The condominium route has many more layers, with an additional set of condominium documents (agreements, bylaws, plans, etc.) that must be recorded in the applicable registry of deeds, and any such amendments, requiring the consent of the condominium board of trustees and of the unit holders of the condominium, with the amendments recorded as well. Given the added work that the condominium documents present for property ownership, the whole asset or "regular fee" ownership is typically used.
What are the pros and cons of whole asset vs. condominiumized ownership?
When looking into the different vehicles available for investing in U.S. residential real estate, whole asset ownership seems like the best fit for us. We prefer to own real estate directly. We are curious though to know what the advantages and disadvantages might be between the two for a foreign investor.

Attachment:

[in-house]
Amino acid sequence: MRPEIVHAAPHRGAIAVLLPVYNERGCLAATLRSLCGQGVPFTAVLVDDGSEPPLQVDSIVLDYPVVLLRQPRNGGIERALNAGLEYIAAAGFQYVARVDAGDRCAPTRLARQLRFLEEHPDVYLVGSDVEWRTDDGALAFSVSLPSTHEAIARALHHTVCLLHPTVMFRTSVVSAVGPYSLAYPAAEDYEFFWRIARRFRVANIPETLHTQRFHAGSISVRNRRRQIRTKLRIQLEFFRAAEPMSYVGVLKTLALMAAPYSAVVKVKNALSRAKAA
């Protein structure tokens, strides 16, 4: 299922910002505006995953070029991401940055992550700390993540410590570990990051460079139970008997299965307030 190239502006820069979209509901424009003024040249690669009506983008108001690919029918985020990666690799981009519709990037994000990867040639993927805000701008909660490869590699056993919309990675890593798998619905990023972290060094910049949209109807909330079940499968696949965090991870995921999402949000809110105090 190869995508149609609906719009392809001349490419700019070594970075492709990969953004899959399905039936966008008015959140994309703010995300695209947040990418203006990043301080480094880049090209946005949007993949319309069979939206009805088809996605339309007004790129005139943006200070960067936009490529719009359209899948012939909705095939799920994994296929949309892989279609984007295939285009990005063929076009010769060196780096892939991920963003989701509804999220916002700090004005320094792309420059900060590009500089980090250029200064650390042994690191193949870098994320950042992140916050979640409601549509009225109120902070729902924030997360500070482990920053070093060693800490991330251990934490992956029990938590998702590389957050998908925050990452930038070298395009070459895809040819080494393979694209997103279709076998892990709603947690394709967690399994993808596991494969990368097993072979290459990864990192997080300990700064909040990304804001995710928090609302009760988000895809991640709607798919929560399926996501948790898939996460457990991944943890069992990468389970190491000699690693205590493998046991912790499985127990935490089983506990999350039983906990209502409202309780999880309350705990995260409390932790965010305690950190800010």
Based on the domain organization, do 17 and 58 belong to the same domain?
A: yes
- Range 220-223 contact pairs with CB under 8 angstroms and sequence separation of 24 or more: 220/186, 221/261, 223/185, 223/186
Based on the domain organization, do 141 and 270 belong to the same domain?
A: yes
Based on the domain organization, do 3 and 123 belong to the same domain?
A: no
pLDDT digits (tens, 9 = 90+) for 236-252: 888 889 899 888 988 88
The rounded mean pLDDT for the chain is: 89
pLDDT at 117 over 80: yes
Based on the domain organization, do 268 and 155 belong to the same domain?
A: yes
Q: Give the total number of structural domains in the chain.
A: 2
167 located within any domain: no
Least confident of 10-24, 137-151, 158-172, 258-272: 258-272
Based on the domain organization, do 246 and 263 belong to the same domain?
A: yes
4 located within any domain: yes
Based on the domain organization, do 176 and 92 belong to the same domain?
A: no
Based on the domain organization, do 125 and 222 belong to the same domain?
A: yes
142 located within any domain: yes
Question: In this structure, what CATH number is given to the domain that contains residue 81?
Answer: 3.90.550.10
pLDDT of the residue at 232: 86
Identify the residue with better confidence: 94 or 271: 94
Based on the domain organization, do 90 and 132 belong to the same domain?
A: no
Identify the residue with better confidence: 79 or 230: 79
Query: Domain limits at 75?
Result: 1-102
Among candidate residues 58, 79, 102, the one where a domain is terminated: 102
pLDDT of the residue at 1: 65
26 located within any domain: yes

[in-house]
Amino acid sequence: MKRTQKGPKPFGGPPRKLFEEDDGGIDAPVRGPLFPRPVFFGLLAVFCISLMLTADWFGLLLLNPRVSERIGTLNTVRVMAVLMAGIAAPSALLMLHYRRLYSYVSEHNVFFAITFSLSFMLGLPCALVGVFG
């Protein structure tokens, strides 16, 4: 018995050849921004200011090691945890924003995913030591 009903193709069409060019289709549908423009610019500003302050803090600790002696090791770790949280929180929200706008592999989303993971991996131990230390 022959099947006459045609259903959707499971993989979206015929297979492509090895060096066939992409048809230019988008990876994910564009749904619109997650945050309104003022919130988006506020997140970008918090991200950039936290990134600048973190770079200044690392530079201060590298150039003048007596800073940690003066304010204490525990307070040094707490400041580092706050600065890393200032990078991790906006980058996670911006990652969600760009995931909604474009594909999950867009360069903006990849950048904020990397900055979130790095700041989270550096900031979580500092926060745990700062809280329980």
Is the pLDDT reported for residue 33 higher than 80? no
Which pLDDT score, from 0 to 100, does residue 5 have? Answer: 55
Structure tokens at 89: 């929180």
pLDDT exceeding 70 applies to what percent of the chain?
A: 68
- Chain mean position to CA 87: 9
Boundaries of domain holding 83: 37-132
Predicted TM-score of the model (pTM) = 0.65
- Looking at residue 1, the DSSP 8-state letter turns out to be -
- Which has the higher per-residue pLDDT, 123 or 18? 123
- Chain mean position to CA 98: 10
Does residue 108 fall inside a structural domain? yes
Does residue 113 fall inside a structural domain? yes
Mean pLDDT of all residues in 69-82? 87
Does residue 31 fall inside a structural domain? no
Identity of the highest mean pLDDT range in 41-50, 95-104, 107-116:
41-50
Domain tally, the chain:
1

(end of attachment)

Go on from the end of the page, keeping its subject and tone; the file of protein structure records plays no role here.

The benefit to condominium ownership versus the ownership of the asset in its entirety is simply to be able to sell off or separately finance different part or components of a building or a project. A condominium creates an operating regime by which a building or a project can be separated into different units owned by different parties (even if they are affiliated). It is most common in a mixed-use project so that, for example, the residential component is owned separately from the retail and/or office and/or hotel component, but the advantage is only gained if there is a plan, at some point, so have different owners or to sell different components to different parties, or to separately finance each component. If none of that is contemplated, ownership if the asset would generally be preferable due to the ultimate simplicity, which is better understood by buyers, sellers and lenders.